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How effectively does Heaney describe the transition from innocence to experience in 'The Early Purges' and 'Death of a Naturalist'?

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Introduction

GCSE Coursework English: English Literary Heritage: Poetry English Literature: Poetry (post-1914) Seamus Heaney (1939-) How effectively does Heaney describe the transition from innocence to experience in 'The Early Purges' and 'Death of a Naturalist'? 'The Early Purges' presents the contrast between the practical realities of farm life where the death of animals is treated as a way of life and, on the other hand, the initial squeamishness of the poet as a child and the sentimental attitude of the town dwellers towards animals. 'Death of a Naturalist' is concerned with growing up and loss of innocence. Seamus Heaney vividly describes a childhood experience that precipitates a change in the boy from the receptive and protected innocence of childhood to the fear and uncertainty of adolescence. 'Death of a Naturalist' is set out in two sections of blank verse (unrhymed iambic pentameter lines). Heaney uses onomatopoeia more lavishly here than in any poem - and many of the sounds are very indelicate: 'gargled', 'slap and plop' and 'farting'. In 'The Early Purges', the poem is clearly divided into seven stanzas with the first and third lines of each stanza rhyming. 'Death of a Naturalist' has a fairly simple structure. In the first section, Heaney describes how the frogs would spawn in the 'lint hole', with a digression into his collecting the spawn, and how his teacher encouraged his childish interest in the process. ...read more.

Middle

The success of the poem derives from the effective way Heaney builds up a totally convincing account of a childhood experience that deals with the excitement, pain and confusion of growing up. The poem has a generally upbeat mood, and is written with a child like feel to it, which is shown by Heaneys use of the words, 'mammy' and 'daddy' frog. Alternatively, 'The Early Purges' has an upsetting and fearsome mood and tone to the poem. 'The Early Purges' is an ambivalent poem. Seamus Heaney's poem could be seen in two different ways. The reader can see the poem as the record of a child's emotional development through time, his coming to terms with practical realities in moving from sentimentality to realism (innocence to experience.) On the other hand, 'The Early Purges' could be viewed as a portrayal of a desensitising process that people experience, the escalation of an uncaring and indifferent attitude to our fellow creatures. Unlike 'The Early Purges', 'Death of a Naturalist' only has one meaning to the poem. It is concerned with growing up and loss of innocence. The poet vividly describes a childhood experience that precipitates a change in the boy from the receptive and protected innocence of childhood to the fear and uncertainty of adolescence. The idea of taking innocence and experience as a topic does not originate from Seamus Heaney (1939-). ...read more.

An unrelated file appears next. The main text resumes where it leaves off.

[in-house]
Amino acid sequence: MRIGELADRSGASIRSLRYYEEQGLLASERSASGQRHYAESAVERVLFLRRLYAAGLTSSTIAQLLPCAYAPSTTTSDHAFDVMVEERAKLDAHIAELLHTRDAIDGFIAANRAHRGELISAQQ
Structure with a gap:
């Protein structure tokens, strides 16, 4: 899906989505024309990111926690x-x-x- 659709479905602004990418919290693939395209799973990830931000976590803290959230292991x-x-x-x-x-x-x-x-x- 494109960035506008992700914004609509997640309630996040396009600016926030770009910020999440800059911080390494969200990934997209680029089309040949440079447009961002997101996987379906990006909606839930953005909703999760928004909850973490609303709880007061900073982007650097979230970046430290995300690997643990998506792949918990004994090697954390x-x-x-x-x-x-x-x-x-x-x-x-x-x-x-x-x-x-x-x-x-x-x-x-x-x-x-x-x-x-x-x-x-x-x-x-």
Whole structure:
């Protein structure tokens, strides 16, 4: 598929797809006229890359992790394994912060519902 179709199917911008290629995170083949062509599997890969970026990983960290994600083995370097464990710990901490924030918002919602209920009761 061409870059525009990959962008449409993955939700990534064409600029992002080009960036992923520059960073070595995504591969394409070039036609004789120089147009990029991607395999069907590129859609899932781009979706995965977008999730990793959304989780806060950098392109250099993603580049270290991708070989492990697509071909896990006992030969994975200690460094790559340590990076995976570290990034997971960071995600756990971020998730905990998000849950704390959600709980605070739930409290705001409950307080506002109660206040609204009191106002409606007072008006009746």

Conclusion

In 'The Early Purges', the experience section of the poem shows how the child has emotionally developed from a sensitive child, to a practically thinking adolescent. In the final stanza Heaney criticises the idealistic attitude of town dwellers towards animals, who regard deaths on farms as 'unnatural'. Towards the end of the poem, Heaney regards his squeamish feelings as a child as 'false sentiments' and thinks of his childhood reactions as a mistake. In the final line of the poem, there is a hint of sarcasm and irony in a clich� that Heaney uses, as he speaks of kittens as 'pests' that 'have to be kept down'. This, in my view, is a criticism towards farm dwellers who believe in the culling of animals. The reader can see both of these poems as a criticism of society. Heaney vividly illustrates images in the reader's mind for both the innocence and experience sections of the poem. In both poems, the innocence sections are from childhood. The experience sections in both poems show how the child's perceptions of the world have changed, and how the world is a place of uncertainty. In both poems, Heaney effectively shows the change from innocence to experience. This change is marked by differences in tone, diction, imagery, movement, sound and even structure. Heaney uses all of these to successfully show the transition of innocence to experience in 'The Early Purges' and 'Death of a Naturalist'. Sahil Singh 08/05/2007 ...read more.

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